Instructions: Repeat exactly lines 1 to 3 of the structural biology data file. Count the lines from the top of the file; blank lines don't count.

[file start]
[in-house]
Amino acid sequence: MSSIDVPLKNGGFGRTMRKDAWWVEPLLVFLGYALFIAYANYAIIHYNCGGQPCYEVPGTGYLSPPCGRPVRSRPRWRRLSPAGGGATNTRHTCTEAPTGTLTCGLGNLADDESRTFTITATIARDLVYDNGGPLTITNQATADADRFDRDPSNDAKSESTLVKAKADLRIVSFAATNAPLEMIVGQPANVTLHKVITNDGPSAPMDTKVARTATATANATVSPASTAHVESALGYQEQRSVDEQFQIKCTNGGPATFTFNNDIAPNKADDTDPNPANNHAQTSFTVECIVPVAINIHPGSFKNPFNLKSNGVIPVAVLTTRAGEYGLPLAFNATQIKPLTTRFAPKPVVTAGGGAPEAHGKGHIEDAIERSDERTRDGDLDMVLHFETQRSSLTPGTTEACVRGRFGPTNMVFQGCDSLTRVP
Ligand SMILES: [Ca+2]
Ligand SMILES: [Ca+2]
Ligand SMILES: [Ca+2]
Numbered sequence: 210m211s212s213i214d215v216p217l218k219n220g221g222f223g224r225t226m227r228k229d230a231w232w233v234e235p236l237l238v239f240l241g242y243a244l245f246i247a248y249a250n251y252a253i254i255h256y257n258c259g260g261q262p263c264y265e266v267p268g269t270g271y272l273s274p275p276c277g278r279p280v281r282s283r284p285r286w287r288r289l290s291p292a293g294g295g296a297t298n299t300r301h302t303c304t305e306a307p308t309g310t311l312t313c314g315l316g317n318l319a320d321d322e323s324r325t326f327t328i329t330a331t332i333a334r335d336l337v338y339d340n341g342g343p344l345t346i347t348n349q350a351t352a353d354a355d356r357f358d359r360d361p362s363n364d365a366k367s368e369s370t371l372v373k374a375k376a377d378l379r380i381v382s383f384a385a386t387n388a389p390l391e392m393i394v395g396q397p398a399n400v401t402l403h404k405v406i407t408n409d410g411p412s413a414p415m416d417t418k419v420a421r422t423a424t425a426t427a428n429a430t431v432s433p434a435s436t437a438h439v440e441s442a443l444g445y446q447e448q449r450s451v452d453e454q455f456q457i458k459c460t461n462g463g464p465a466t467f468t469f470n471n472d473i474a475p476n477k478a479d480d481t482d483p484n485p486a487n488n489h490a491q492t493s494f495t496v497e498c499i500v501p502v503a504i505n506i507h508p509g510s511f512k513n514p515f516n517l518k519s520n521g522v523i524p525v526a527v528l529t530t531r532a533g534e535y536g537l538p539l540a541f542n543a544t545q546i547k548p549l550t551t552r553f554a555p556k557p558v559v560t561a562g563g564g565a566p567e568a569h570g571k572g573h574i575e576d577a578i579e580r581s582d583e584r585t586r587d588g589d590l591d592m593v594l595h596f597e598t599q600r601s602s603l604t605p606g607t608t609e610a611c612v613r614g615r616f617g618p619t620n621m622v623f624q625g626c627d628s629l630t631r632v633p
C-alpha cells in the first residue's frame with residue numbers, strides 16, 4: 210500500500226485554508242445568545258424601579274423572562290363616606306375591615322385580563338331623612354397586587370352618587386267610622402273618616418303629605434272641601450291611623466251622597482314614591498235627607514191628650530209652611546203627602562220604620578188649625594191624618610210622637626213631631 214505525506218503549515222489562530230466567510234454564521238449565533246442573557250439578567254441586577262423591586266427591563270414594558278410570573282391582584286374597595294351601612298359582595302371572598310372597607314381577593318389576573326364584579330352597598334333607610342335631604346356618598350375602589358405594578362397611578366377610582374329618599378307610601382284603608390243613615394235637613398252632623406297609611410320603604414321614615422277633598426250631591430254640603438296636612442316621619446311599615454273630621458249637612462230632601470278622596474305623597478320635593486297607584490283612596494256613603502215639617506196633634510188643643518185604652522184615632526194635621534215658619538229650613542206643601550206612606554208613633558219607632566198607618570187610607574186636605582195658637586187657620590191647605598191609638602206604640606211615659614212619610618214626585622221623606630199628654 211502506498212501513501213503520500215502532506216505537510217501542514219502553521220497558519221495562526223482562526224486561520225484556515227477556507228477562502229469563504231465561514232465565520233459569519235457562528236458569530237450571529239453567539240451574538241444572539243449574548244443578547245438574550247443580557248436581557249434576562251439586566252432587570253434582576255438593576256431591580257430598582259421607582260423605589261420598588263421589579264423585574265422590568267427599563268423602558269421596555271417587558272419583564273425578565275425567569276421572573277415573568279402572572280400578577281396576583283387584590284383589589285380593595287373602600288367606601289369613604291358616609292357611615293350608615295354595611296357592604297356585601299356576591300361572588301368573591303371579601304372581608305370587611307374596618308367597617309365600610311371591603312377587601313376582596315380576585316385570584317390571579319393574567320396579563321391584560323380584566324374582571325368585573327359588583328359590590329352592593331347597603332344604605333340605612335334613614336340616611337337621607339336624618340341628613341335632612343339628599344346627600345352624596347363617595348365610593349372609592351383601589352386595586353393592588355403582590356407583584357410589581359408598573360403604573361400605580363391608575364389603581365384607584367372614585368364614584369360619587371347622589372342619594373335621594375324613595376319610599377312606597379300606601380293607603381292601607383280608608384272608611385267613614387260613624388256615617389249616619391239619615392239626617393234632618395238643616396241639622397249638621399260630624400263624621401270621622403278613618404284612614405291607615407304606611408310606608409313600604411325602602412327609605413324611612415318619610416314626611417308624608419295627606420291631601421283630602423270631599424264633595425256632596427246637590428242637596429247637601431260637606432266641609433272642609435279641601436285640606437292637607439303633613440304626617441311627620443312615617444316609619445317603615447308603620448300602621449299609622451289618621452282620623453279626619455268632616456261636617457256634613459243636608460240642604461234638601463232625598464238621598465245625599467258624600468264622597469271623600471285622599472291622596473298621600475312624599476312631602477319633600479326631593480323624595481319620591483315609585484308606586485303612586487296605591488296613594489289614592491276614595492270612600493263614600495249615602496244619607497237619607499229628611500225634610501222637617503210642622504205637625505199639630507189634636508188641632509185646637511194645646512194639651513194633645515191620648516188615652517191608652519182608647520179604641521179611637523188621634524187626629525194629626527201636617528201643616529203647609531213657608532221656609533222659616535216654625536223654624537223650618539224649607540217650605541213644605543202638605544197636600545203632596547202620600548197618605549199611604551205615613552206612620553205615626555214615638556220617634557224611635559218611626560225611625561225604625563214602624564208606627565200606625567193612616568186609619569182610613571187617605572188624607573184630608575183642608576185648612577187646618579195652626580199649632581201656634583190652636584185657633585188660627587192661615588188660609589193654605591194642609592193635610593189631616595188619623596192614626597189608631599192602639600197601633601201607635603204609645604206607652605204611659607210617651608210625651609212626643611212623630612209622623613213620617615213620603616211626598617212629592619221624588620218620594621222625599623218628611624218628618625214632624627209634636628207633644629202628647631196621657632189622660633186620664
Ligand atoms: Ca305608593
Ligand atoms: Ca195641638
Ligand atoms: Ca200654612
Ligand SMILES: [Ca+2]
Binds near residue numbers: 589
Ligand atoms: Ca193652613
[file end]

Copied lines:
[in-house]
Amino acid sequence: MSSIDVPLKNGGFGRTMRKDAWWVEPLLVFLGYALFIAYANYAIIHYNCGGQPCYEVPGTGYLSPPCGRPVRSRPRWRRLSPAGGGATNTRHTCTEAPTGTLTCGLGNLADDESRTFTITATIARDLVYDNGGPLTITNQATADADRFDRDPSNDAKSESTLVKAKADLRIVSFAATNAPLEMIVGQPANVTLHKVITNDGPSAPMDTKVARTATATANATVSPASTAHVESALGYQEQRSVDEQFQIKCTNGGPATFTFNNDIAPNKADDTDPNPANNHAQTSFTVECIVPVAINIHPGSFKNPFNLKSNGVIPVAVLTTRAGEYGLPLAFNATQIKPLTTRFAPKPVVTAGGGAPEAHGKGHIEDAIERSDERTRDGDLDMVLHFETQRSSLTPGTTEACVRGRFGPTNMVFQGCDSLTRVP
Ligand SMILES: [Ca+2]